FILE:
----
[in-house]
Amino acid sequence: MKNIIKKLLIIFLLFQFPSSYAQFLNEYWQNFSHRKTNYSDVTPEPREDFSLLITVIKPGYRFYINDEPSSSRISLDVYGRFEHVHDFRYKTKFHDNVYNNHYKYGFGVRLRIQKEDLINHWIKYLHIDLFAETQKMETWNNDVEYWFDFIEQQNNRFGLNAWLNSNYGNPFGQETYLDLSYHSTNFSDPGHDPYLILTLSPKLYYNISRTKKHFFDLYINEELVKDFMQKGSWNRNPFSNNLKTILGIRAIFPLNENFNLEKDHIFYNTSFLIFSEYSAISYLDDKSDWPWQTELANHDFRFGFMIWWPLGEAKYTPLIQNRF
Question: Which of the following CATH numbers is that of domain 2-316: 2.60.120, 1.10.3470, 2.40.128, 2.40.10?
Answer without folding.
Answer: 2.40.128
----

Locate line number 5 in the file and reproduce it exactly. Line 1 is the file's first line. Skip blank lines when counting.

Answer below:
Answer: 2.40.128